Brands use it to strengthen consumer relationships.
The culture gap between marketers and today’s progressive new media consumer continues to expand in ways that suggest the current era of radical behavioral disruption is far from over. Today’s hyperbolic social news cycle, saturated with Snapchat filters and Brexit remorse, fuels this reality by absorbing massive amounts of audience time and attention. As the dust settles in this post-apocalyptic, mobile-first marketplace, the time for radical acceptance is here. Brands, publishers and content creators are now faced with the inevitable truth that engaging audiences predictably in this fractured media environment has been permanently altered. That said, it’s in these unique moments of reflection where brilliance can emerge. It’s time now to reset and reimagine the future of storytelling through mobile experiences that are emotionally immersive, culturally aware and embrace a renewed spirit of creative invention and curiosity. In virtual reality we may have already found the next great storytelling canvas, enabling an entirely new interpretation and expression of the brand experience.
VR is already proving to be a big business—in Q1 2016 alone, more than $1.2 billion was invested in VR tech, according to TechCrunch. And Forrester projects more than 52 million headsets will be sold in the U.S. by 2020. From a consumer perspective, the interest is clearly emerging. Google claims global search queries increased fourfold over the last year. Perhaps the biggest catalyst for growth and interest in the space was Facebook’s $2 billion acquisition of Oculus in 2014—and we’ve already witnessed some of the outstanding early output in the form of 360 video experiences naturally integrated into the Facebook feed (e.g., SpaceX Rocket Landing). Of course, Google’s innovations in the category are catalytic in their own right, effectively leveraging both Cardboard and YouTube (Tilt Brush) to scale user interest and adoption.
So, with the fundamentals established, we’re now on the verge of realizing the true promise of multisensory storytelling. And with it comes the unique opportunity to transform the relationship and overarching dynamic between brands and consumers. Not only does VR broaden the narrative spectrum in which brands can credibly captivate audiences, but it also offers the potential to close the culture gap by adding more depth, human emotion and interactivity to the storytelling experience. More than ever, humanizing the brand experience matters. The New York Times’ outstanding innovations and creative leadership in VR won the Cannes Mobile Grand Prix for work that includes the deeply moving documentary about the human toll of war (The Displaced). And while this victory has energized the modern journalism community, it also illuminates the limitless creative possibilities and storytelling viability.
Empathy and cultural immersion
What other storytelling format today is better positioned to help build deeper levels of human connection, compassion and cultural empathy than virtual reality? In it, we have the opportunity to transform what was previously a one-dimensional (perhaps even transient) relationship between brands and consumers and deliver added story dimension, one-of-a-kind experiences and new cultural perspectives to better celebrate our shared values and interests. For brands, the temptation to explore the creative boundaries of this immersive technology will be more than challenging to resist. And while “empathy” has emerged as the new “authentic” in content marketing circles, the fundamentals remain the same: Respect your audience, deliver tangible value and clearly establish your editorial authority to best preserve the long-term vitality and integrity of the canvas.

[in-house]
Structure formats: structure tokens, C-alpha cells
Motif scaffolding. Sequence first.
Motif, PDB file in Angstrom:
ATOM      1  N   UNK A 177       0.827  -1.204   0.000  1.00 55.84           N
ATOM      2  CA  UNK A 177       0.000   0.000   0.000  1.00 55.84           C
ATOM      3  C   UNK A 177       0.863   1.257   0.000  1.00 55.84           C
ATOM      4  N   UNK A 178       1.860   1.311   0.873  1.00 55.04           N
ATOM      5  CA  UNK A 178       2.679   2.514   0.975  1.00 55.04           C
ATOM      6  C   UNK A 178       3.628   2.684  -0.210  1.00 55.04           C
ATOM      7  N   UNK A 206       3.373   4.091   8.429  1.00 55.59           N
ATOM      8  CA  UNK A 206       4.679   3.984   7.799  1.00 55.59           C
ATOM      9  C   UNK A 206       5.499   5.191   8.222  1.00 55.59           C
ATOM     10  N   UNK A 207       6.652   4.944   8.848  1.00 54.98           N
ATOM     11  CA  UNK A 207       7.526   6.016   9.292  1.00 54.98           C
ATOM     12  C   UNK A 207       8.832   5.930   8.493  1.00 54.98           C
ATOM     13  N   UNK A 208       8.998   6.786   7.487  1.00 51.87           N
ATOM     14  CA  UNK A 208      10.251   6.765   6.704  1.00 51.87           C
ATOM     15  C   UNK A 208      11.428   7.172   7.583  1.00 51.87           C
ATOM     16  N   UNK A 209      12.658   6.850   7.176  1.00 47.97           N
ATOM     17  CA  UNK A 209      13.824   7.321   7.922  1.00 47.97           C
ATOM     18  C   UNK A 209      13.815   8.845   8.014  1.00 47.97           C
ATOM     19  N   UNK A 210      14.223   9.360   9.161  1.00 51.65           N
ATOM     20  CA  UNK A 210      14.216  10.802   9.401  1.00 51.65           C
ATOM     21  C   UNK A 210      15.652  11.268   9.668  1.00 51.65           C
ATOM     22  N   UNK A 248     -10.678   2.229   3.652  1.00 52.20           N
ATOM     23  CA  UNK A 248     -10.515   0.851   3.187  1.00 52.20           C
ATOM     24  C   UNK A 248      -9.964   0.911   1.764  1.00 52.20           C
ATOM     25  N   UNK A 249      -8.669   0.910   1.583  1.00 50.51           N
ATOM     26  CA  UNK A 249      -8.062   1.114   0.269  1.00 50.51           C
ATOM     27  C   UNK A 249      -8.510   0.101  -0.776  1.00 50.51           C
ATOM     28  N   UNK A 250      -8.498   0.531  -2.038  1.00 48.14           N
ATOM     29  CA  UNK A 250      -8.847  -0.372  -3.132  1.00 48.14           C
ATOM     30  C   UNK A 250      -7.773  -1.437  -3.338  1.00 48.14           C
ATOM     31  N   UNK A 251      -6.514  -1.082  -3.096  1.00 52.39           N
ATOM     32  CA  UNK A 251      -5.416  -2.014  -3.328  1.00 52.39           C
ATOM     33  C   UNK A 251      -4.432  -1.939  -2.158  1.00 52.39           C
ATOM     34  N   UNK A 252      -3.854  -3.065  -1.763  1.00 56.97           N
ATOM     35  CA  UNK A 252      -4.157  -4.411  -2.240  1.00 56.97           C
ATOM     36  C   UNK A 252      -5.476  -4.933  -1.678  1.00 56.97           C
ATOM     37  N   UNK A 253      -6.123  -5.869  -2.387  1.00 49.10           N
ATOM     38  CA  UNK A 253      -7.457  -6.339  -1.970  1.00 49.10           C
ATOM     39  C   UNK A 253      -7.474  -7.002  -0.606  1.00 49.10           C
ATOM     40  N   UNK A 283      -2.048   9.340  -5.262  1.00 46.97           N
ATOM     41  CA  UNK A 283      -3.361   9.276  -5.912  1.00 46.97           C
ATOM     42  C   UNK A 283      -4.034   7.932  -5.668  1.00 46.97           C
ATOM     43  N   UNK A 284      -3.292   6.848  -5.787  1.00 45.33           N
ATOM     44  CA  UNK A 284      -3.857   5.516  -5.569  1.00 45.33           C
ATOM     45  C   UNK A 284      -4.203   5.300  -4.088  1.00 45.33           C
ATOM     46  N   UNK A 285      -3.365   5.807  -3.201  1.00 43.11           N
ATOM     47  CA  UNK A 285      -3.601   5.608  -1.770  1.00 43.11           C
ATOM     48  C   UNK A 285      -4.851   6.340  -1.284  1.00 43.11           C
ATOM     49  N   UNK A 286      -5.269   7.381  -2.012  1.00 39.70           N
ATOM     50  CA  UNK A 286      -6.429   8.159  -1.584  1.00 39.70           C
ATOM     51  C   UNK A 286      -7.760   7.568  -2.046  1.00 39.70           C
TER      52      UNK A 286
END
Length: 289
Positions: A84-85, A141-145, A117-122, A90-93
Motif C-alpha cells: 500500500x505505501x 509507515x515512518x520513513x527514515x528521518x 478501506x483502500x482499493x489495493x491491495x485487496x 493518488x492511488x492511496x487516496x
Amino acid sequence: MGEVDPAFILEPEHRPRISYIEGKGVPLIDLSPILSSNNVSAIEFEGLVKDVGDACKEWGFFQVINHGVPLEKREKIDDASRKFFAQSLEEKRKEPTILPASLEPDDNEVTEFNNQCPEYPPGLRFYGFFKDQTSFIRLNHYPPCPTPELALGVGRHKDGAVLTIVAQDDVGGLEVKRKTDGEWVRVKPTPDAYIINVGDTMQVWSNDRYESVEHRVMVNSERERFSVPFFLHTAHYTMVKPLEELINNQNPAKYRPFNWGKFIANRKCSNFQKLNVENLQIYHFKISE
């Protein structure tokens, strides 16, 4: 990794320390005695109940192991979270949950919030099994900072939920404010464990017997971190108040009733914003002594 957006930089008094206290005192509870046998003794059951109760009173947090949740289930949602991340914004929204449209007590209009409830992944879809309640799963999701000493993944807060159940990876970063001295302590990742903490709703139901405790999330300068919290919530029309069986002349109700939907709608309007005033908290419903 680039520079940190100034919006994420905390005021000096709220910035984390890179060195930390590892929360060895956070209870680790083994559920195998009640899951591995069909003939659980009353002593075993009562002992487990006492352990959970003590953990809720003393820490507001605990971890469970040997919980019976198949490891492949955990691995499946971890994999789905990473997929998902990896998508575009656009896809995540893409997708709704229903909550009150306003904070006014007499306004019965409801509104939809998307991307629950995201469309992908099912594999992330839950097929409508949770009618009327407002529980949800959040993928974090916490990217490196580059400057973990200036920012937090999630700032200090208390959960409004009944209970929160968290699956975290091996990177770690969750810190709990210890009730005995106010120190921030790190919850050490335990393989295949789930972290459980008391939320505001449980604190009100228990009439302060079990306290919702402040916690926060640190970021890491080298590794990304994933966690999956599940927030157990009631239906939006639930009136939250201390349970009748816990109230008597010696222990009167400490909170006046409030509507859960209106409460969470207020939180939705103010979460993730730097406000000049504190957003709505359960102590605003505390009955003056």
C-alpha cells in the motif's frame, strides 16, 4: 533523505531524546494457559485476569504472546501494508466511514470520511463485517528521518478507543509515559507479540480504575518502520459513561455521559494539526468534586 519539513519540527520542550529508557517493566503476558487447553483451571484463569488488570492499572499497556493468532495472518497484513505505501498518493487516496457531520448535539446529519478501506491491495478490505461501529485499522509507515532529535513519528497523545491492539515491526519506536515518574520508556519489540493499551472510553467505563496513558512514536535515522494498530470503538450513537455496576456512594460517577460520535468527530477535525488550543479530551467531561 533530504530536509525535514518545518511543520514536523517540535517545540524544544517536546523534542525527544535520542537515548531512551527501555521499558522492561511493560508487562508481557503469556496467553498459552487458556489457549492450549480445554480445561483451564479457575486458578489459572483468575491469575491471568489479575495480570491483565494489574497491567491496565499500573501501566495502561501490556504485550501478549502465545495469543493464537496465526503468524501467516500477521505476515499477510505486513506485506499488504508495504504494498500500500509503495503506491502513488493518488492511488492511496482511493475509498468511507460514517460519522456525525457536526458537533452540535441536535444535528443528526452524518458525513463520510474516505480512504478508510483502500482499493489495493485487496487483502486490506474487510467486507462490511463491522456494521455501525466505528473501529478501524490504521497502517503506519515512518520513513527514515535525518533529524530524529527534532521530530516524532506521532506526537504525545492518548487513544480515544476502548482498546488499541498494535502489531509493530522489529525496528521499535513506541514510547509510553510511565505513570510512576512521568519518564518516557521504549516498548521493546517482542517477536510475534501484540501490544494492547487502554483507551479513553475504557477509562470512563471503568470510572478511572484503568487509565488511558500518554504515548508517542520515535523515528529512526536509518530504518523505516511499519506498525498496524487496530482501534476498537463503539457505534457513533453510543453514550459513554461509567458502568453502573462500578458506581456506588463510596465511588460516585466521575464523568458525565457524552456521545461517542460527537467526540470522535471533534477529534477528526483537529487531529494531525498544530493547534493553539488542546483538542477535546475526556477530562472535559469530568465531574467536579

Think native, act social
In the current state of modern media, where ad blocking and viewability have emerged as major challenges for the ad-buying community, the immersive nature of VR offers some unique advantages. That said, establishing a scalable (and seamless) ad model will be vital in ensuring ongoing investment and exploration. In my view, the most elegant path forward embraces a native marketing sensibility that emphasizes both context and creative. Plus, focusing on native content experiences allows for more organic social engagement. Today, VR experiences are primarily designed for the singular viewer, but imagine the endless possibilities of connected VR experiences (e.g., gaming, travel, education) that are location-adaptive, inherently interactive and feature familiar social mechanics that help fuel extended brand engagement. The astonishing success of Pokemon Go is perhaps the closest example of this emerging intersection of social engagement and augmented reality, leveraging real-world location intelligence to fuel a highly addictive virtual (and social) experience—and if the first few weeks of user interest and adoption are any indication, the concept is clearly here to stay.
Although the marketing industry has long been focused on embracing the latest behavioral and technology trends, VR is proving to be a bit different. In VR, brands, publishers and content creators are leading the path forward through exceptional creative experiences that are transformative and energizing for audiences across the world. Moving forward, the marketing community has the unique opportunity to lead the next wave of behavioral disruption, and we may just find that VR could be the key in helping to close the culture gap.
This story first appeared in the August 8, 2016 issue of Adweek magazine.
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